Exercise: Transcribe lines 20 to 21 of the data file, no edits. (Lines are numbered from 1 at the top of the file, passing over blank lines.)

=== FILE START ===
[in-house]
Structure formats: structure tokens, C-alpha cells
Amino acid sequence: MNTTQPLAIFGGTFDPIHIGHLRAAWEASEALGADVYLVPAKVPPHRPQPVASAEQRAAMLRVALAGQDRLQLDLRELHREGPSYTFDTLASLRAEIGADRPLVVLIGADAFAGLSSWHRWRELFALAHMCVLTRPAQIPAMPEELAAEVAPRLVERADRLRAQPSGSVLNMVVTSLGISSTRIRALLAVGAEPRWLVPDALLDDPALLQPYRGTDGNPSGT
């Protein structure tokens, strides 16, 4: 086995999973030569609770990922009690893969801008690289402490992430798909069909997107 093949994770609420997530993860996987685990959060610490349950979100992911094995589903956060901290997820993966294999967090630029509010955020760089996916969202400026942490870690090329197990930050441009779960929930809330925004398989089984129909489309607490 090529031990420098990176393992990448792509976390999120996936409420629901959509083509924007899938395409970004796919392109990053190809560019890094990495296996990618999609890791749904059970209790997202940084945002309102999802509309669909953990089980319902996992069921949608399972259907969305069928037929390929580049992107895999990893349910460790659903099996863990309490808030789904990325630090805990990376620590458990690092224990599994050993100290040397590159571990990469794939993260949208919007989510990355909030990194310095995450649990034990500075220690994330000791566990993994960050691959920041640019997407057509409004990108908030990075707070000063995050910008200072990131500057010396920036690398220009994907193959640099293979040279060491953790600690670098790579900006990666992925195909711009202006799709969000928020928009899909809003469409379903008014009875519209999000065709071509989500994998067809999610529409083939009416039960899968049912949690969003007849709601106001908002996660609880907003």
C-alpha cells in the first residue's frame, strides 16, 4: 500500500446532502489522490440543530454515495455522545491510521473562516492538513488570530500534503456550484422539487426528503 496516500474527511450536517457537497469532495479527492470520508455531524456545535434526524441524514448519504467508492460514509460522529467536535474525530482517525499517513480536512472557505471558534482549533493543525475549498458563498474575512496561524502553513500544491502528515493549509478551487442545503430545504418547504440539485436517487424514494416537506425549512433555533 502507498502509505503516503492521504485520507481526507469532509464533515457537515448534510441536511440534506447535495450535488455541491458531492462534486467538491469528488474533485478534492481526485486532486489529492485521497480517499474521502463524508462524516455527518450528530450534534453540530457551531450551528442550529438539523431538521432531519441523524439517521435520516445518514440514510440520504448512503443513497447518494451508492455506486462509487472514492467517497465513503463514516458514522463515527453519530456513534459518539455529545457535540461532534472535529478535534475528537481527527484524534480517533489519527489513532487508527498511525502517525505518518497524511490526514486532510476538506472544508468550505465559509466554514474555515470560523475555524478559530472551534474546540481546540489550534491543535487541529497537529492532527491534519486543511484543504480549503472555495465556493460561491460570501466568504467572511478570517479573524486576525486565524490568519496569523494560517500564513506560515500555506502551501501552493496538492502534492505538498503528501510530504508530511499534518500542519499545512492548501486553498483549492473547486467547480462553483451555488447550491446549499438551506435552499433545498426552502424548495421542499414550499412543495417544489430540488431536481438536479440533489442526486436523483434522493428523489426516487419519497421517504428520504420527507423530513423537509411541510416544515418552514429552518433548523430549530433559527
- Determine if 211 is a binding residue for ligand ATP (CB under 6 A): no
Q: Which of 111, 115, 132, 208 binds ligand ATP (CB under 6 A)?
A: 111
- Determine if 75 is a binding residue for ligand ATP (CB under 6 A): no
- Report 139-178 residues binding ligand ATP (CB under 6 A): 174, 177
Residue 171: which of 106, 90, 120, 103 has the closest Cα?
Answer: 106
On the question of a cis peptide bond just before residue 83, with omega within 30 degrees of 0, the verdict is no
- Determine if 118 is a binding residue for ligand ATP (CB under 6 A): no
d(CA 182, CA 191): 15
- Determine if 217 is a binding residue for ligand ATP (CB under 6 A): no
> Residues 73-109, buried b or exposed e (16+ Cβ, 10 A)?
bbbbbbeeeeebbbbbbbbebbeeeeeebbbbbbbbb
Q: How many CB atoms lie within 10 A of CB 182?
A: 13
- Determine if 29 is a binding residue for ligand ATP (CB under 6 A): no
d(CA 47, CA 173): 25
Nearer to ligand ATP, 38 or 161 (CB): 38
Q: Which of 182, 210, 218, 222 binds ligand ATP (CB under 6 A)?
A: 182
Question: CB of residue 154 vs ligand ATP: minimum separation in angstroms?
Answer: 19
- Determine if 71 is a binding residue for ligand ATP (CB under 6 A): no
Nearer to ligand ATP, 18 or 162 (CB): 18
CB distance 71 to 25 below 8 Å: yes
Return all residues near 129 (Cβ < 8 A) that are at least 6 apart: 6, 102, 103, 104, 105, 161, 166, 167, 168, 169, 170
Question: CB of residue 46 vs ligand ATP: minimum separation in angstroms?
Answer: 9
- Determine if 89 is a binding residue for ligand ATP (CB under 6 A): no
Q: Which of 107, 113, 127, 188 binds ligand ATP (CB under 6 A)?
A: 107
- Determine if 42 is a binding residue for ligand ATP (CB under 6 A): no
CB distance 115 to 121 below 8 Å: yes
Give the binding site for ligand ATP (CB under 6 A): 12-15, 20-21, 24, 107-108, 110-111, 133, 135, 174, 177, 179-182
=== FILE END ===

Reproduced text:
A: 13
- Determine if 29 is a binding residue for ligand ATP (CB under 6 A): no